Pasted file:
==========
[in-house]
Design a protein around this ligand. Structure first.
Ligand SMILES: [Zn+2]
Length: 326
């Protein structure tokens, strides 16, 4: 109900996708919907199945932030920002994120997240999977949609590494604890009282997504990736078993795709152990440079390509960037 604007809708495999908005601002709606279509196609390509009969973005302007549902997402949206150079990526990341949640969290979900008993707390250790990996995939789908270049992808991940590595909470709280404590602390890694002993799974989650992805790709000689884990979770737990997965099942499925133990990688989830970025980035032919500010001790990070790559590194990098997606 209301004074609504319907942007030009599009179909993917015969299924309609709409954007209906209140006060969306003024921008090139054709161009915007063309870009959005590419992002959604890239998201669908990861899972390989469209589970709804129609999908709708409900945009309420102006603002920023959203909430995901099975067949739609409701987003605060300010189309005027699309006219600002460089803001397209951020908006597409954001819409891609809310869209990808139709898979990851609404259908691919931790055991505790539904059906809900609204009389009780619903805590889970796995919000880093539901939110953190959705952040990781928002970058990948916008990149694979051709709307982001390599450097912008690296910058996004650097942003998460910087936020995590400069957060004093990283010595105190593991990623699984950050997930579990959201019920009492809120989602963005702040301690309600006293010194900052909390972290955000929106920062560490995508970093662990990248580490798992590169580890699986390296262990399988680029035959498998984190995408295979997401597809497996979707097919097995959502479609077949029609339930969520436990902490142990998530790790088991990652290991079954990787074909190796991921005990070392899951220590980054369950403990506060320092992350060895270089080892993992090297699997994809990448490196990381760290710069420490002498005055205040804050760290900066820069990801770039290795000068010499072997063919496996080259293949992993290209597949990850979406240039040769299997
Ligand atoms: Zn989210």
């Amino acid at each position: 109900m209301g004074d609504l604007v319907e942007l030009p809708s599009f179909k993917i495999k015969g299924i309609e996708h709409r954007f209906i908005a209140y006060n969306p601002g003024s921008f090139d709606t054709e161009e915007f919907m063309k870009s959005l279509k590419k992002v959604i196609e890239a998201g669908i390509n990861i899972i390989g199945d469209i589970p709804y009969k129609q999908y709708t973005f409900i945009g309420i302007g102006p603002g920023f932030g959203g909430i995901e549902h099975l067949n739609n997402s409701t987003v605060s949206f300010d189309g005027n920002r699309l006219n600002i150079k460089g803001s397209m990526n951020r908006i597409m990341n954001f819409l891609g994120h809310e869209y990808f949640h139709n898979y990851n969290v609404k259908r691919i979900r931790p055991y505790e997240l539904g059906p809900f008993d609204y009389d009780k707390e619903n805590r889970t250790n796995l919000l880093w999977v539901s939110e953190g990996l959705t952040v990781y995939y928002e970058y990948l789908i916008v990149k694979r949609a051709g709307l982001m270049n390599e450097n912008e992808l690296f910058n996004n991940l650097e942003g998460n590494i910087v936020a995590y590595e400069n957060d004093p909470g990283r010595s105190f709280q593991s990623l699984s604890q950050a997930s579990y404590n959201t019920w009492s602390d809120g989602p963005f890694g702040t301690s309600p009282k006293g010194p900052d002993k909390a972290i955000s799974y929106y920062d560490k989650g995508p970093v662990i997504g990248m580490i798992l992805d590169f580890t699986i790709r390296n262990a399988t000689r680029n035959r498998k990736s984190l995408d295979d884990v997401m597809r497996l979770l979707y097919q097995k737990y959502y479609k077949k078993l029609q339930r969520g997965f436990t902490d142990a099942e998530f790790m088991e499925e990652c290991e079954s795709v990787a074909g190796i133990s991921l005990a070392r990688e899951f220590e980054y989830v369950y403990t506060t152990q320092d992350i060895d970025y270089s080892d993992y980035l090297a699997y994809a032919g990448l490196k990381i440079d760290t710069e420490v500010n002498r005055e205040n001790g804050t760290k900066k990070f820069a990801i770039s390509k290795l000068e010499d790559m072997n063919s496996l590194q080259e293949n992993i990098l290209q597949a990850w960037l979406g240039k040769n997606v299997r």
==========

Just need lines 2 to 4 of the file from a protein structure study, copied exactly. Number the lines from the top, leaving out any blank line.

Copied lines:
Design a protein around this ligand. Structure first.
Ligand SMILES: [Zn+2]
Length: 326